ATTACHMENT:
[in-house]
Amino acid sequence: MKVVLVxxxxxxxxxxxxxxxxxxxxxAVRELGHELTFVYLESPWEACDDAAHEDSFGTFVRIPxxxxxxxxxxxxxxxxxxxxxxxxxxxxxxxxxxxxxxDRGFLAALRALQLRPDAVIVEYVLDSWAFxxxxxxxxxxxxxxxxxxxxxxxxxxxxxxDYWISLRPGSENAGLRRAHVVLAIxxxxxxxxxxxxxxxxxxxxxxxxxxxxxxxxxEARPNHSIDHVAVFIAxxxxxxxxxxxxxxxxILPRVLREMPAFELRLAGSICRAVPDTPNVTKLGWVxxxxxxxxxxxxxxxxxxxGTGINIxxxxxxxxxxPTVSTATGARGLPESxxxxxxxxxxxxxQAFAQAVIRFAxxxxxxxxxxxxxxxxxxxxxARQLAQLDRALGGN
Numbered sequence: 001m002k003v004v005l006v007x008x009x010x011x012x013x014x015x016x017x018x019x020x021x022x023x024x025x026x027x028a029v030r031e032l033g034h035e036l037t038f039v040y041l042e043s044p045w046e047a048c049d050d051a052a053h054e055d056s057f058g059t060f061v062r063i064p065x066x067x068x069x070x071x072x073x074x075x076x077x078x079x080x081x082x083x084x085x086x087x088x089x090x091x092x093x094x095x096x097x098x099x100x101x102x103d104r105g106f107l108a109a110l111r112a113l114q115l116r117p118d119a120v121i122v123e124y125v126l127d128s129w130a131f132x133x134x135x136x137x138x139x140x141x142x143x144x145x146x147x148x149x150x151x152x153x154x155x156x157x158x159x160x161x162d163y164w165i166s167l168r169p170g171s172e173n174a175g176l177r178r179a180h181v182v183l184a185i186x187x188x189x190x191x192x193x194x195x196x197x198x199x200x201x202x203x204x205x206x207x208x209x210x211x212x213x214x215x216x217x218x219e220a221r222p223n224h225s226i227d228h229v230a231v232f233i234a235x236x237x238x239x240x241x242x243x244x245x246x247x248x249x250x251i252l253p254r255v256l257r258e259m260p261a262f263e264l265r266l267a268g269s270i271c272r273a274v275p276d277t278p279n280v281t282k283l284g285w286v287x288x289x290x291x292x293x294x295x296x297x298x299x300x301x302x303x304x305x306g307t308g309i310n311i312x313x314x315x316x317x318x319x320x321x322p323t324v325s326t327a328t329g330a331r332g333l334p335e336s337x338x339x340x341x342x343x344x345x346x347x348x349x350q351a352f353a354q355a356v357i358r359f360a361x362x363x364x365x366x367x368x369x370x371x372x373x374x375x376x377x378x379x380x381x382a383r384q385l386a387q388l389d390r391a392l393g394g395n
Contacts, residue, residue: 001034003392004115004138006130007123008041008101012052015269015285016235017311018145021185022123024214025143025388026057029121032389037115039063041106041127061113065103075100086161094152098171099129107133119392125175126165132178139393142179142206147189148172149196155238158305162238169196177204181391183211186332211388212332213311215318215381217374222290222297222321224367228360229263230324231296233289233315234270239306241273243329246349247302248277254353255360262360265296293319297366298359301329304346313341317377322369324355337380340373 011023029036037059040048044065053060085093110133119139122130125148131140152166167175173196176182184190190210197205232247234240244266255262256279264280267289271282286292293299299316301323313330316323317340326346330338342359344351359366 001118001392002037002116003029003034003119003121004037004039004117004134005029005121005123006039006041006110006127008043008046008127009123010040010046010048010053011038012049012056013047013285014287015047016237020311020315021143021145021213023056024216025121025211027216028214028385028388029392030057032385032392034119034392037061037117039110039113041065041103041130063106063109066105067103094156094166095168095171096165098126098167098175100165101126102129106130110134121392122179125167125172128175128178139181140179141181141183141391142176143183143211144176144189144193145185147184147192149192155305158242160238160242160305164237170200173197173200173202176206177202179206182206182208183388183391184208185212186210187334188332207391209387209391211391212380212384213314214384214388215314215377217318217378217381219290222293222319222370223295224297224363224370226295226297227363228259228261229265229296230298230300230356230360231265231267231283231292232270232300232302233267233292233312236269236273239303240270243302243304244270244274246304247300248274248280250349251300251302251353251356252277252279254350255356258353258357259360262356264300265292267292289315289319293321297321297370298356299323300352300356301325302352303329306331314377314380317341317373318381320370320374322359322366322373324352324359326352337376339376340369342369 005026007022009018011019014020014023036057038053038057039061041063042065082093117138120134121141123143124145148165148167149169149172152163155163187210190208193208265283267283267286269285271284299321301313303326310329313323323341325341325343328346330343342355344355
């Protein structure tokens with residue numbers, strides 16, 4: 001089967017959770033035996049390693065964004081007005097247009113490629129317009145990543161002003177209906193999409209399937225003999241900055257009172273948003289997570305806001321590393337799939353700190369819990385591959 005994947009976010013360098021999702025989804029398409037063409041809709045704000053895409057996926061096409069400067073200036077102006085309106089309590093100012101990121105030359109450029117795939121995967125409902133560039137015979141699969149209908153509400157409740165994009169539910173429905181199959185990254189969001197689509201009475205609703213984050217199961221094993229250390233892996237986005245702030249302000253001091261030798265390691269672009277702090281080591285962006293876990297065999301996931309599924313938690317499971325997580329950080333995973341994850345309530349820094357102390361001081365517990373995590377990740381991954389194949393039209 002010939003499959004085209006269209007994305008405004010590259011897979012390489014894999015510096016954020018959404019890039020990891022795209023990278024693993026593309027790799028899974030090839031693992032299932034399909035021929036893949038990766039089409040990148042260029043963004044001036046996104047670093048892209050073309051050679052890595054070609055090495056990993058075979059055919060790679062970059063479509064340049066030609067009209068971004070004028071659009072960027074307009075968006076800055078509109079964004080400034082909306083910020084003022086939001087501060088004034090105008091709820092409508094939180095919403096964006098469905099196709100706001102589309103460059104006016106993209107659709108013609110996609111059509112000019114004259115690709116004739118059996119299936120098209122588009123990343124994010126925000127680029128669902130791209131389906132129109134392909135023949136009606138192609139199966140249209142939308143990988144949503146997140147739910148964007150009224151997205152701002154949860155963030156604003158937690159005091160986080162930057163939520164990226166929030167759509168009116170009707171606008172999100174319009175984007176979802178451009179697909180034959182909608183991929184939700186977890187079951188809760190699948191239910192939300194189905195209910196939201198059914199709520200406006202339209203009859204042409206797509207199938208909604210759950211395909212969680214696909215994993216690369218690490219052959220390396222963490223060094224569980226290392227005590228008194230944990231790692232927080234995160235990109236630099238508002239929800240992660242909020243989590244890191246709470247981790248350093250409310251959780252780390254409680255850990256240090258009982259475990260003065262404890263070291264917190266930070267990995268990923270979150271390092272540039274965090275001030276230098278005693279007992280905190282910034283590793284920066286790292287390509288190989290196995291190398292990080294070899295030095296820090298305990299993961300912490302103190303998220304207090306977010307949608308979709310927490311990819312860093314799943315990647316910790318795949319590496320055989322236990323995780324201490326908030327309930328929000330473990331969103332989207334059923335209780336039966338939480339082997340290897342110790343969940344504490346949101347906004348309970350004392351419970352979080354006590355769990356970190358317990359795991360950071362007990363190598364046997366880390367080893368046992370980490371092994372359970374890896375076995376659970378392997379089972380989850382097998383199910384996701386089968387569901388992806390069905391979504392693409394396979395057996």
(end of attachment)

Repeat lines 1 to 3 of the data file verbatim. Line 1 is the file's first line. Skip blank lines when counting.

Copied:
[in-house]
Amino acid sequence: MKVVLVxxxxxxxxxxxxxxxxxxxxxAVRELGHELTFVYLESPWEACDDAAHEDSFGTFVRIPxxxxxxxxxxxxxxxxxxxxxxxxxxxxxxxxxxxxxxDRGFLAALRALQLRPDAVIVEYVLDSWAFxxxxxxxxxxxxxxxxxxxxxxxxxxxxxxDYWISLRPGSENAGLRRAHVVLAIxxxxxxxxxxxxxxxxxxxxxxxxxxxxxxxxxEARPNHSIDHVAVFIAxxxxxxxxxxxxxxxxILPRVLREMPAFELRLAGSICRAVPDTPNVTKLGWVxxxxxxxxxxxxxxxxxxxGTGINIxxxxxxxxxxPTVSTATGARGLPESxxxxxxxxxxxxxQAFAQAVIRFAxxxxxxxxxxxxxxxxxxxxxARQLAQLDRALGGN
Numbered sequence: 001m002k003v004v005l006v007x008x009x010x011x012x013x014x015x016x017x018x019x020x021x022x023x024x025x026x027x028a029v030r031e032l033g034h035e036l037t038f039v040y041l042e043s044p045w046e047a048c049d050d051a052a053h054e055d056s057f058g059t060f061v062r063i064p065x066x067x068x069x070x071x072x073x074x075x076x077x078x079x080x081x082x083x084x085x086x087x088x089x090x091x092x093x094x095x096x097x098x099x100x101x102x103d104r105g106f107l108a109a110l111r112a113l114q115l116r117p118d119a120v121i122v123e124y125v126l127d128s129w130a131f132x133x134x135x136x137x138x139x140x141x142x143x144x145x146x147x148x149x150x151x152x153x154x155x156x157x158x159x160x161x162d163y164w165i166s167l168r169p170g171s172e173n174a175g176l177r178r179a180h181v182v183l184a185i186x187x188x189x190x191x192x193x194x195x196x197x198x199x200x201x202x203x204x205x206x207x208x209x210x211x212x213x214x215x216x217x218x219e220a221r222p223n224h225s226i227d228h229v230a231v232f233i234a235x236x237x238x239x240x241x242x243x244x245x246x247x248x249x250x251i252l253p254r255v256l257r258e259m260p261a262f263e264l265r266l267a268g269s270i271c272r273a274v275p276d277t278p279n280v281t282k283l284g285w286v287x288x289x290x291x292x293x294x295x296x297x298x299x300x301x302x303x304x305x306g307t308g309i310n311i312x313x314x315x316x317x318x319x320x321x322p323t324v325s326t327a328t329g330a331r332g333l334p335e336s337x338x339x340x341x342x343x344x345x346x347x348x349x350q351a352f353a354q355a356v357i358r359f360a361x362x363x364x365x366x367x368x369x370x371x372x373x374x375x376x377x378x379x380x381x382a383r384q385l386a387q388l389d390r391a392l393g394g395n